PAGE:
(My Armenian Neighbourhood) Documentary Video in India

Armenians Forcefully resettled in Persia.

Shah Abbas (1588-1628) forcibly moved the Armenians to Persia to further develop trade and commerce in his country. He wanted to populate the interior provinces of Persia with enterprising Armenian artisans, merchants, and skilled farmers.

The displaced Armenians were settled near the city of Isfahan, which had just become the capital. Near Isfahan, the Armenians founded a new town in memory of their native Jugha, Nor Jugha. This great deportation was known in history under the name of Jugha migration.

Shah Abbas worsened the situation for Armenians. It heavily impacted the Armenian people and led to riots in Persia. As a result of those difficult conditions, many Armenians were forced to migrate from Nor Jugha to seek refuge. Some of them went to India and settled in different cities.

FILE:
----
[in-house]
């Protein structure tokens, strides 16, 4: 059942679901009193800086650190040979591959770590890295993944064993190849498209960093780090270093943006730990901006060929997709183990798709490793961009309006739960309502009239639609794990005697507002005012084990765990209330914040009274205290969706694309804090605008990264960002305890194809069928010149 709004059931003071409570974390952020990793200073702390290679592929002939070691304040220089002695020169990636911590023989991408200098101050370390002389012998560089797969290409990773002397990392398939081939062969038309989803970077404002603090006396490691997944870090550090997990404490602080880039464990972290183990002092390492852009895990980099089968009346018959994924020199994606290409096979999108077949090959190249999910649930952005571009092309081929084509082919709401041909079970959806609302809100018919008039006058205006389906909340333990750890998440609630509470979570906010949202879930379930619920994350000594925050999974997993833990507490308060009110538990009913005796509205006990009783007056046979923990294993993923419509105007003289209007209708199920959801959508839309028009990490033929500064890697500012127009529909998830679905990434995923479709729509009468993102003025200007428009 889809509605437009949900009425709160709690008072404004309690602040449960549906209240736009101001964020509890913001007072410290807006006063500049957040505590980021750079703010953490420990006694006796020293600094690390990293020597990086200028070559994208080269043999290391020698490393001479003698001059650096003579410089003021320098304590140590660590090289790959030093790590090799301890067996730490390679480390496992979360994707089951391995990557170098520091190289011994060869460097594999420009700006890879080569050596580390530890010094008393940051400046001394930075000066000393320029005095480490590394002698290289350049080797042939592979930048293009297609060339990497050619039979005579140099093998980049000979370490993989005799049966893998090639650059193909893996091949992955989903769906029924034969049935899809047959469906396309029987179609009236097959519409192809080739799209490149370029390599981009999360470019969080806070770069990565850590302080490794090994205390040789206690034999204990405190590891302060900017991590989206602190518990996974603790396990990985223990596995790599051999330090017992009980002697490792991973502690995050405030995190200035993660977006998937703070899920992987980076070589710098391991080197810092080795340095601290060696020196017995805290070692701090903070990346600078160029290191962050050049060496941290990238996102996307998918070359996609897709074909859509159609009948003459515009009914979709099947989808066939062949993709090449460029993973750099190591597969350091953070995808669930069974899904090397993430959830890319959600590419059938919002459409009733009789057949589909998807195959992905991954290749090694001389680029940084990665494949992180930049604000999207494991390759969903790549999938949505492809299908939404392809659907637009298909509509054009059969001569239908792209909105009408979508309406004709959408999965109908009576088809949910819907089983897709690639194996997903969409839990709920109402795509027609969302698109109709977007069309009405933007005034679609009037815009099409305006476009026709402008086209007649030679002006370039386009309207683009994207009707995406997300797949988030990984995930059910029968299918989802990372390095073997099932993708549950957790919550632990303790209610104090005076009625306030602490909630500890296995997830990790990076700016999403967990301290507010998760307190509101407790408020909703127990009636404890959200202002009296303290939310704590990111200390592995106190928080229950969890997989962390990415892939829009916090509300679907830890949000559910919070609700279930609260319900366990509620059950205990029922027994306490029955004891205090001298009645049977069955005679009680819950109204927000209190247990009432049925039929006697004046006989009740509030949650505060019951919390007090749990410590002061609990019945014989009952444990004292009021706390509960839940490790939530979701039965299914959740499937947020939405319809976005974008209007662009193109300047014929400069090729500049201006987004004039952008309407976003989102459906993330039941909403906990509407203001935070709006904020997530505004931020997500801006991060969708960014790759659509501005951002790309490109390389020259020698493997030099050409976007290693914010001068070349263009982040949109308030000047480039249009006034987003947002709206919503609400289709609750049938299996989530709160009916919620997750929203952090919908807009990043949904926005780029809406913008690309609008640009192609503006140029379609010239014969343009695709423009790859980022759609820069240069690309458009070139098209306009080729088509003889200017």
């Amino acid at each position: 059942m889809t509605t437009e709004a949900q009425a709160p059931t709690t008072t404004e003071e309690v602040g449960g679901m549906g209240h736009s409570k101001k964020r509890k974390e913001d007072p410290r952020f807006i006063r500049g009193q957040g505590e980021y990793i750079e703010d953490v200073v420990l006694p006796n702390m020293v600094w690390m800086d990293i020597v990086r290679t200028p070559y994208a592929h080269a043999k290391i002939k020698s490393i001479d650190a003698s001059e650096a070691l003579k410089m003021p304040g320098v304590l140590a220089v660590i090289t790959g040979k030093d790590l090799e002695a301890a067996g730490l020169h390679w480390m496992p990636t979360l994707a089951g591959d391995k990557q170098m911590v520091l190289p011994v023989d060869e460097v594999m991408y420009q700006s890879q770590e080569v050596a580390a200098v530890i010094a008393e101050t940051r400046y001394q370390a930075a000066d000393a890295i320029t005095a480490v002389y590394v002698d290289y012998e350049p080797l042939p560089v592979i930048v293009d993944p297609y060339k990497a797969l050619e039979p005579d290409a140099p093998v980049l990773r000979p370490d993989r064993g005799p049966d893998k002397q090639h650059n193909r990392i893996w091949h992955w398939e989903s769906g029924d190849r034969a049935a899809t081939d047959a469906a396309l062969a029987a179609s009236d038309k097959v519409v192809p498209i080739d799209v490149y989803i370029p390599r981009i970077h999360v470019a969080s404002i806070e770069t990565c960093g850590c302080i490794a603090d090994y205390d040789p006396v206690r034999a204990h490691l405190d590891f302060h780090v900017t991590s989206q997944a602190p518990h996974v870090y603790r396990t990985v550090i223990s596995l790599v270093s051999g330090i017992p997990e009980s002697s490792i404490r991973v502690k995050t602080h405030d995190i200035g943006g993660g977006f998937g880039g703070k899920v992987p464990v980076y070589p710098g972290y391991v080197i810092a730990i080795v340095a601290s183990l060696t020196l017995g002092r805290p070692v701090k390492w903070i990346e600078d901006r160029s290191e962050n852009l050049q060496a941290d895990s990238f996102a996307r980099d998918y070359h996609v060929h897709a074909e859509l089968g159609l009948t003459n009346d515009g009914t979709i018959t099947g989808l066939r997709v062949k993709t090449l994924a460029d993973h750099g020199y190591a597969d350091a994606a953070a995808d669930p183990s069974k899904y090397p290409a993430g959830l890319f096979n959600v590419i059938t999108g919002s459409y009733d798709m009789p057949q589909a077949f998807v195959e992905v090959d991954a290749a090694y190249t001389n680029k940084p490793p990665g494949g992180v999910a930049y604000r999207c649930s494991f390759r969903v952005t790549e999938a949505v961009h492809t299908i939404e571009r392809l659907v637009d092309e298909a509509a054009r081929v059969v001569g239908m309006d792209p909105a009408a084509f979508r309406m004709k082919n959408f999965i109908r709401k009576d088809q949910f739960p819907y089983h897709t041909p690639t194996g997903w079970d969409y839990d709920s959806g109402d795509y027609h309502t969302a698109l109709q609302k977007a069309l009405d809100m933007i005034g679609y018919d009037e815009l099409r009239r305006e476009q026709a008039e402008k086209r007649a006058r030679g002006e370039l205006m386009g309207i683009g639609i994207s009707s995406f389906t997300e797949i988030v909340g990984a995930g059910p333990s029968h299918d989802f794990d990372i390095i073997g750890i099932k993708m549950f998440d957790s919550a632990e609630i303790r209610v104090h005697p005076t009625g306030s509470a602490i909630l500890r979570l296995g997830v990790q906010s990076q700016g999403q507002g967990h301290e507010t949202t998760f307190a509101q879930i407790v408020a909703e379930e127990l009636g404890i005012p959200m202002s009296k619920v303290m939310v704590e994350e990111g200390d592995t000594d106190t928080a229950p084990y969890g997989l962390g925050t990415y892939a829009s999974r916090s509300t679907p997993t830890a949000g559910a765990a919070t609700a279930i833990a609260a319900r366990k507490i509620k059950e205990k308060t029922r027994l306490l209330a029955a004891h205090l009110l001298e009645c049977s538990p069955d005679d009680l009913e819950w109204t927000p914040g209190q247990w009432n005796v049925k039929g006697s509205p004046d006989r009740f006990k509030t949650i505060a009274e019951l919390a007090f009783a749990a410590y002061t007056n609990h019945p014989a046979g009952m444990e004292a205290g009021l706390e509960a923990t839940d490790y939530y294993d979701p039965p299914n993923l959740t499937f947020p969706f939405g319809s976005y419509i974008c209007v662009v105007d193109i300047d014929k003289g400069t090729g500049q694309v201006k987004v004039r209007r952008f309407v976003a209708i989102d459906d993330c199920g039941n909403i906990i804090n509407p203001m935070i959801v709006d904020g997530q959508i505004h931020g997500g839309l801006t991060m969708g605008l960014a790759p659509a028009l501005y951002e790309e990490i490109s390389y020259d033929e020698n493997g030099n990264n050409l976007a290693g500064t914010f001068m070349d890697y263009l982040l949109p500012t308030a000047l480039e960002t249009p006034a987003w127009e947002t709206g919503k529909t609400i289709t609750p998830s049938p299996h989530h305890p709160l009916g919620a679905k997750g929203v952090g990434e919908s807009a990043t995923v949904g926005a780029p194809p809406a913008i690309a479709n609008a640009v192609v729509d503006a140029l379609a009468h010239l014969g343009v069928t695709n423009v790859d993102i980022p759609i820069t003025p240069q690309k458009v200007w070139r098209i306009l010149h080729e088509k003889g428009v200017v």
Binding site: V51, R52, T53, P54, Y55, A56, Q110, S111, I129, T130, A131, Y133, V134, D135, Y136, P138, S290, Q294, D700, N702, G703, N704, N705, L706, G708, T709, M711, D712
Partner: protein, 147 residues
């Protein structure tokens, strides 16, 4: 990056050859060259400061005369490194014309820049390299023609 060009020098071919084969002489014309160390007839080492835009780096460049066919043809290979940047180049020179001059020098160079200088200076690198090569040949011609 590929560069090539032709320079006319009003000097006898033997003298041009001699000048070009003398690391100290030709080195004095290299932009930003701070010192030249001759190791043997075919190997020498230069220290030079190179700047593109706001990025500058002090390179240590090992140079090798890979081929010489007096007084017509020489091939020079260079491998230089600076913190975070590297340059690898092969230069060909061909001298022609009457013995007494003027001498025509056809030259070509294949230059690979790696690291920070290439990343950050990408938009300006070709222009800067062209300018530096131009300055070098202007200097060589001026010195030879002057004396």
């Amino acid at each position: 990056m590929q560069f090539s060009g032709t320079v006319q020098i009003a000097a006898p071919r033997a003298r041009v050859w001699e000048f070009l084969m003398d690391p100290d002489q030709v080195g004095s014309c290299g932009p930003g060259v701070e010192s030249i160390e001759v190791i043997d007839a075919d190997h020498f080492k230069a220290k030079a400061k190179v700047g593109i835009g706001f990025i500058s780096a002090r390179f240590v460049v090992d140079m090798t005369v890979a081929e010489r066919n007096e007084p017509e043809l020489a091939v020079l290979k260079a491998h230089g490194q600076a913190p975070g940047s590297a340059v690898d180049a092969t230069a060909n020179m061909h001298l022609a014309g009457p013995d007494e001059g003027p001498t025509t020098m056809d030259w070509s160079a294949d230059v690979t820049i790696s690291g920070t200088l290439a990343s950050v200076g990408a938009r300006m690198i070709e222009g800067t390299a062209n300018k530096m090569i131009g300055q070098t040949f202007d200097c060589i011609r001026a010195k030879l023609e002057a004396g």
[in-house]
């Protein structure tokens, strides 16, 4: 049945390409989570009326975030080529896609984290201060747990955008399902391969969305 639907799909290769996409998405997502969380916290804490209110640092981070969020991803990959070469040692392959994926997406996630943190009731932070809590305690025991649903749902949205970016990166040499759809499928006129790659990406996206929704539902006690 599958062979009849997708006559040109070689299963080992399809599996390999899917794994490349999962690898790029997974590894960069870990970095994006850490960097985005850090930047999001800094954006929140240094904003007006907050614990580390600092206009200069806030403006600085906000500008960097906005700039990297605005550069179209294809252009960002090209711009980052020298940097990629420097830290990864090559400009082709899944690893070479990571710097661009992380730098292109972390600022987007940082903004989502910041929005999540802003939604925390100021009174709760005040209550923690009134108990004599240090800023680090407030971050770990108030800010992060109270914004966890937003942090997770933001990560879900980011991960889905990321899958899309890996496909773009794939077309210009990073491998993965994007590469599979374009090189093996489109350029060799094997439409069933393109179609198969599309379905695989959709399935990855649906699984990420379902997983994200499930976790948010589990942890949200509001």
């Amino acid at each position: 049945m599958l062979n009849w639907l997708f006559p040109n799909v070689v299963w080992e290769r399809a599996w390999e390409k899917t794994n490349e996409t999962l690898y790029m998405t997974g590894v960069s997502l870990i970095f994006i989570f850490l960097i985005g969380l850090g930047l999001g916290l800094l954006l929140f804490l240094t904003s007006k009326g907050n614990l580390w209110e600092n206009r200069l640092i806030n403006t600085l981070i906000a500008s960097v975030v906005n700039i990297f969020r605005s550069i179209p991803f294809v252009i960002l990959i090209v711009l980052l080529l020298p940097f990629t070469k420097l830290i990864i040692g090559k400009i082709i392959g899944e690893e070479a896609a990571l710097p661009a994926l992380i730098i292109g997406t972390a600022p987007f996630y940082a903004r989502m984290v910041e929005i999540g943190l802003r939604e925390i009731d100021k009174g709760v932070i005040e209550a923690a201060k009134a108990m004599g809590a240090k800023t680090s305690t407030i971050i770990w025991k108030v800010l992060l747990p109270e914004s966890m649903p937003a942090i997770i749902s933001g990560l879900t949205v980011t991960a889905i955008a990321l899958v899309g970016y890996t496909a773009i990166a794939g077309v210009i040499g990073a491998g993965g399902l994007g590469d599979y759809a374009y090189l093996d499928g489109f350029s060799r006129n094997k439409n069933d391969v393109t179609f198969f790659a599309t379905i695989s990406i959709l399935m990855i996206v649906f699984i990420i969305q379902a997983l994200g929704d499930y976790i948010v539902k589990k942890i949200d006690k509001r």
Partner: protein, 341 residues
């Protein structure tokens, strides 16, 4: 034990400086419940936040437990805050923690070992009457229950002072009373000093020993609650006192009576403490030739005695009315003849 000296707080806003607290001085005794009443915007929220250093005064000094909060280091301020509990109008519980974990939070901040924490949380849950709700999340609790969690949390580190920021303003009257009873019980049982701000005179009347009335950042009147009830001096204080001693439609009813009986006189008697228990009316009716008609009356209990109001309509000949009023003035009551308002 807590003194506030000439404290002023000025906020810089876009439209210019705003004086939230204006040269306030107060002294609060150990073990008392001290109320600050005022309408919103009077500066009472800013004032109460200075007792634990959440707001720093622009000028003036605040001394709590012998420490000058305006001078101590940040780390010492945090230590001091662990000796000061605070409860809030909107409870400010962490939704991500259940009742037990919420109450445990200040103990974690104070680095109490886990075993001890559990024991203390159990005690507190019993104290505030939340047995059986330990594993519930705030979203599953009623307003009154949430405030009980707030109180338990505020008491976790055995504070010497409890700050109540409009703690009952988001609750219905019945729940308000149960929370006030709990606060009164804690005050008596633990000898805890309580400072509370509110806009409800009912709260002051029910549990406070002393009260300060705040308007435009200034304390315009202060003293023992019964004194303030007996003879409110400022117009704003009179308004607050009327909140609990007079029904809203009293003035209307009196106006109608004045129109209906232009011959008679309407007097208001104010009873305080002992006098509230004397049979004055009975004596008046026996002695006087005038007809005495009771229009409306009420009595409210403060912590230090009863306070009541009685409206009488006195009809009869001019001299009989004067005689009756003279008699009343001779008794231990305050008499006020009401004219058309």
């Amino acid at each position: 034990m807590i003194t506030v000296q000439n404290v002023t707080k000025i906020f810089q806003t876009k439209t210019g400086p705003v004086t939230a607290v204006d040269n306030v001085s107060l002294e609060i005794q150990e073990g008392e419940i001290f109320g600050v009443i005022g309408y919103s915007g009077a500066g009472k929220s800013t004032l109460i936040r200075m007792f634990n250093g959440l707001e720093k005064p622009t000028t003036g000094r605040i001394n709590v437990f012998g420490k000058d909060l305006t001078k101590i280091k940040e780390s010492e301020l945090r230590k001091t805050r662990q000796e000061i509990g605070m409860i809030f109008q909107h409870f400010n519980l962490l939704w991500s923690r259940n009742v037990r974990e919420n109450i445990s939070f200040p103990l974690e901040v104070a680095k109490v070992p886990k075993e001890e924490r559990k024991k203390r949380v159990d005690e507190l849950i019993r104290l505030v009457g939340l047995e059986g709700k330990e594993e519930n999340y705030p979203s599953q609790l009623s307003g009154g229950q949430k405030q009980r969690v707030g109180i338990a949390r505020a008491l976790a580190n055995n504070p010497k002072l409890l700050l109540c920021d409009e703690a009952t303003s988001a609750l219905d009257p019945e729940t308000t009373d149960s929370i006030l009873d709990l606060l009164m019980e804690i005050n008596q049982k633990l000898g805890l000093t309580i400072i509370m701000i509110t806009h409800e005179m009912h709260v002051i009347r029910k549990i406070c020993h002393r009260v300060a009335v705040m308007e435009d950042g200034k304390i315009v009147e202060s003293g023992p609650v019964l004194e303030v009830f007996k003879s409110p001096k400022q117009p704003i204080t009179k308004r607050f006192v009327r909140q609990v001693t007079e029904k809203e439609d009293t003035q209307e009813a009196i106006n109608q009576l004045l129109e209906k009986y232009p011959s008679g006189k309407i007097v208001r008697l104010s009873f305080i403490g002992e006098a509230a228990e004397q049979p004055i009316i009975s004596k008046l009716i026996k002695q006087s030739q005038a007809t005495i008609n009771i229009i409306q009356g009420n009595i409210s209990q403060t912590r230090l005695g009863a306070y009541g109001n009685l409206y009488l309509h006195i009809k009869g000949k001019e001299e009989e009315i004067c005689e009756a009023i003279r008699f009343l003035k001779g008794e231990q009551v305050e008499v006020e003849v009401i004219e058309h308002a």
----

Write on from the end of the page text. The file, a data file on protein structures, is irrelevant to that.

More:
When did Armenians first come to India? 

Although historical records show their presence in India starting in the 8th Century, Armenians arrived in northeast India through Iran, mainly from the city of New Jugha, in the early 1600s. They were already present in the region 60 years before British adventurers became established traders.

They had settled in the city of New Jugha in Iran. After 1604, during the reign of Shah Abbas, they were displaced from Old Jugha and driven into the depths of Persia. Some of them left and established their own businesses and community in India. They traded in gems, spices, silks, etc…

They were entrepreneurial and familiar with the Islamic ways of Mughal emperors. They became prominent very soon. First, they built schools, founded churches, published newspapers, and printed books.

Over time, Armenians showed broad participation in many spheres of economic life in India. For a long time, they helped the Indians against the English colonists. Several Armenian generals led the Indian struggle against the British when they first arrived, like Gorgin Khan.